New Yorkers who recently purchased a home and are paying more in taxes than expected might have more control than some think.

Cynthia Fairbanks is a homeowner who has mastered the ability to take things into her own hands.

"Saving money is never boring,” said Fairbanks.

When her family moved into their previous home in 2009, she was shocked at how high the taxes were.

"The town had just been reassessed and nearly all the homes had doubled,” said Fairbanks.

What You Need To Know

  • Filing a tax grievance allows homeowners to challenge their tax assessment

  • Many towns allow grievances to be filed by the end of May

  • Some homeowners save tens of thousands of dollars

The assessed value was tens of thousands of dollars more than the sale price. Fairbanks educated herself about tax grievances and found everything she needed in order to make her case for a reduction.

"The appraised value from the bank, the assessed value and the sale price, and I went down to the courthouse to the town clerk and I filed the grievance and it was reduced,” said Fairbanks.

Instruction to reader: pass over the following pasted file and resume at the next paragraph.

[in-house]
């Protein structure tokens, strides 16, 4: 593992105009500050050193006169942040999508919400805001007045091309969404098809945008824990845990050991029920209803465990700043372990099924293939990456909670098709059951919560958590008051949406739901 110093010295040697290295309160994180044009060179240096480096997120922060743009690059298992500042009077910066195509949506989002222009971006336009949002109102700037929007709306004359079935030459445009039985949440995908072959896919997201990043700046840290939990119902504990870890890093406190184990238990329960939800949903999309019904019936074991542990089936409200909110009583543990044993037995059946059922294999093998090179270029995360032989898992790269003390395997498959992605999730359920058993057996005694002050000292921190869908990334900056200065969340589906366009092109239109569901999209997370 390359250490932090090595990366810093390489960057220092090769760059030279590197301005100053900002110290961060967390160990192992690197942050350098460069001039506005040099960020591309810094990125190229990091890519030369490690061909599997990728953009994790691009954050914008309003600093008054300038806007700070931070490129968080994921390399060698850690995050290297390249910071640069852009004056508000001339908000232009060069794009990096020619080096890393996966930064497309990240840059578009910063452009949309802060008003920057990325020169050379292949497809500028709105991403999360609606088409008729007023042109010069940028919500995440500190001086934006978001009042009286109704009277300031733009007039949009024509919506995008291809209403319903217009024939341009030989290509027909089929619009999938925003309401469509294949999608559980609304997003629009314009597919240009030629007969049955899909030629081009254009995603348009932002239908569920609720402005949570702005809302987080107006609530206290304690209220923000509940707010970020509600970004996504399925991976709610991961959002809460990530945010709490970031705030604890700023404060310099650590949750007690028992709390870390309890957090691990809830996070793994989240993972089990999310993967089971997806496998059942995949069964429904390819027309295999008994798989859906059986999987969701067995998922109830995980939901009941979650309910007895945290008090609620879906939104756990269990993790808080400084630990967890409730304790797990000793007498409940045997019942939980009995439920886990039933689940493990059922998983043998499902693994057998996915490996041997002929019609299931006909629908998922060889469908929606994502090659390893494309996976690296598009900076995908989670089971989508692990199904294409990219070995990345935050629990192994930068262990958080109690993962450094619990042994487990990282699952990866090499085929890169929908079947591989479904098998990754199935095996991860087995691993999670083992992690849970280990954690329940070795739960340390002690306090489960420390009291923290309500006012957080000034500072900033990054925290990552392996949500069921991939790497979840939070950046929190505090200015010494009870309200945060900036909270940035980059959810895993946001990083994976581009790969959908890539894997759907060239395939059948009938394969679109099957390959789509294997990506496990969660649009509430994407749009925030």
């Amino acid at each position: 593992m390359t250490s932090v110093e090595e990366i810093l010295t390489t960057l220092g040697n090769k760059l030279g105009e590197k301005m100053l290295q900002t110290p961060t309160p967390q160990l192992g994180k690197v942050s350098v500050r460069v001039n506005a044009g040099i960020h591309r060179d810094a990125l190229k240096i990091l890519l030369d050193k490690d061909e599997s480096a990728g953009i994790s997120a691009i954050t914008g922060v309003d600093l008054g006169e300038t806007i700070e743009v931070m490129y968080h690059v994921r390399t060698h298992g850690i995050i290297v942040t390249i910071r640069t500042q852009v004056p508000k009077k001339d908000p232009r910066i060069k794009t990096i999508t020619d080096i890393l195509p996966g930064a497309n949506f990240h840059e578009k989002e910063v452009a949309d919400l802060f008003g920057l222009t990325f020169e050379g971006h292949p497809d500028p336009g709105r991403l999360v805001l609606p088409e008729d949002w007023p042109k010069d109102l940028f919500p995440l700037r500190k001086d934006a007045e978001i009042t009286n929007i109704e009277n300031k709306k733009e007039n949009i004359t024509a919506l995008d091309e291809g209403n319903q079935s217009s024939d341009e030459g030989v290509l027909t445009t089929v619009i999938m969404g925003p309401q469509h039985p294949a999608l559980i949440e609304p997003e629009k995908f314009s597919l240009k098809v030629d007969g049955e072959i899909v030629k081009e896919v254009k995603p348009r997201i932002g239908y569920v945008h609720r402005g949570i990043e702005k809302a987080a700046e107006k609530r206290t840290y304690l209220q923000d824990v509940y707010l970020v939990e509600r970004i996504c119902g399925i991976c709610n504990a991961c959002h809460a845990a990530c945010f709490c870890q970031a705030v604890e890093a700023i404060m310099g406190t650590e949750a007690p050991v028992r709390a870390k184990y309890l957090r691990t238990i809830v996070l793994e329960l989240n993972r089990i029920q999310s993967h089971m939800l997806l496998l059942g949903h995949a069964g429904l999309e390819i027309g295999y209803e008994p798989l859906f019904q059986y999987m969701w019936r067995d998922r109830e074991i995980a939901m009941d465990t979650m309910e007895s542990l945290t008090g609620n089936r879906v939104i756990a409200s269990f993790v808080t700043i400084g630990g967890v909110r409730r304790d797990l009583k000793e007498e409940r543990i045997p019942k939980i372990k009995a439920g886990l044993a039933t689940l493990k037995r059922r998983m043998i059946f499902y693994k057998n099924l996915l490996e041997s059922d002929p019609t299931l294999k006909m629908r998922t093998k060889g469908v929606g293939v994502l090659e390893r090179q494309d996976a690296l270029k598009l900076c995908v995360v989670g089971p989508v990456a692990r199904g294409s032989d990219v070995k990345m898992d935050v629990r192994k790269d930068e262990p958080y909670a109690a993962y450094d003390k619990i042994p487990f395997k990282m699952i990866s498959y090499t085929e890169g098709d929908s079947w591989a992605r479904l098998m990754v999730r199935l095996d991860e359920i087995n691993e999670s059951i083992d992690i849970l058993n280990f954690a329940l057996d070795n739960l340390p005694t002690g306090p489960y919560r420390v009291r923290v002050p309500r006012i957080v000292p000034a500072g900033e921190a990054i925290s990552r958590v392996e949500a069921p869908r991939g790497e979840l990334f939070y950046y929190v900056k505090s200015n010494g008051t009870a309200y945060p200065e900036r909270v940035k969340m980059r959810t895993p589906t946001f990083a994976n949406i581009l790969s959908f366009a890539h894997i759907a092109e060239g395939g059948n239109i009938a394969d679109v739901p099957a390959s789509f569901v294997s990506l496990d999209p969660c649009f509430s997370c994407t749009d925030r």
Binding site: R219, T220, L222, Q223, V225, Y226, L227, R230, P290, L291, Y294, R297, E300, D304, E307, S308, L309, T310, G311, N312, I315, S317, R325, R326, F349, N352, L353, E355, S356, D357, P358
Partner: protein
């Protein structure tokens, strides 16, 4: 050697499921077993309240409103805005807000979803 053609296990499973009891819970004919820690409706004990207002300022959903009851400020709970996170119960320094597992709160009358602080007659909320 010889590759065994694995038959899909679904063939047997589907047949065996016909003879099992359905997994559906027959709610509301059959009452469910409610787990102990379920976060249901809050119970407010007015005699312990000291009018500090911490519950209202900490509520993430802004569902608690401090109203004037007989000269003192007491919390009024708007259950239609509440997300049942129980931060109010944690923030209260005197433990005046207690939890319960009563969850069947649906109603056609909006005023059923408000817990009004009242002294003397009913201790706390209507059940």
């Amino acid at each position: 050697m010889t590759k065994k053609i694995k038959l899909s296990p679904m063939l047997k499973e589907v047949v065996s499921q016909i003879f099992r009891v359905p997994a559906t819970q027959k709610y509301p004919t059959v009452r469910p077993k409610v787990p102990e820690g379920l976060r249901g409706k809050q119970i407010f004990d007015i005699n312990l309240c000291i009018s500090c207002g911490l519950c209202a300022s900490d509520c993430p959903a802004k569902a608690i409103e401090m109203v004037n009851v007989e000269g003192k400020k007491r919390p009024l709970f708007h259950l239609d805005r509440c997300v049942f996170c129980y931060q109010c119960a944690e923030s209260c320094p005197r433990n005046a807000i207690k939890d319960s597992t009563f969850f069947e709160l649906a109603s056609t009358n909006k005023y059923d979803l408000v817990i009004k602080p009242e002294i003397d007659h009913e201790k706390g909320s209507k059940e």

Realtor Traci Cornwell is a friend of Fairbanks and helped find her home.

For a decade, she's been helping people make the biggest purchase of their lives.

"I would say taxes are something that gets brought up quite a bit. People are always concerned with their taxes going up when they purchase a home,” said Cornwell.

She suggests homeowners arm themselves with all the necessary documents when filing a tax grievance, like Fairbanks did. Check in with your town to find out when the deadline is to file.

"I think it's important to know what the previous owner had as far as exemptions, whether they were a veteran, whether they had a senior STAR exemption, because that's going to dictate what your taxes look like,” said Cornwell. “So before purchasing a home you're going to want to talk to your local mortgage lender, your real estate expert and make sure you know exactly what your mortgage is going to look like."

In Fairbanks’ case, the reduction allowed her family to save $22,000 in taxes over the years.

"It's not a plea for sympathy,” said Fairbanks. “It's based on the documentation. We had three young kids at the time and it was actually our second home because we hadn't sold our other one. It was during the fall out of the 2008-2009, and it was a bit of a crunch for us during that period, so it was very helpful."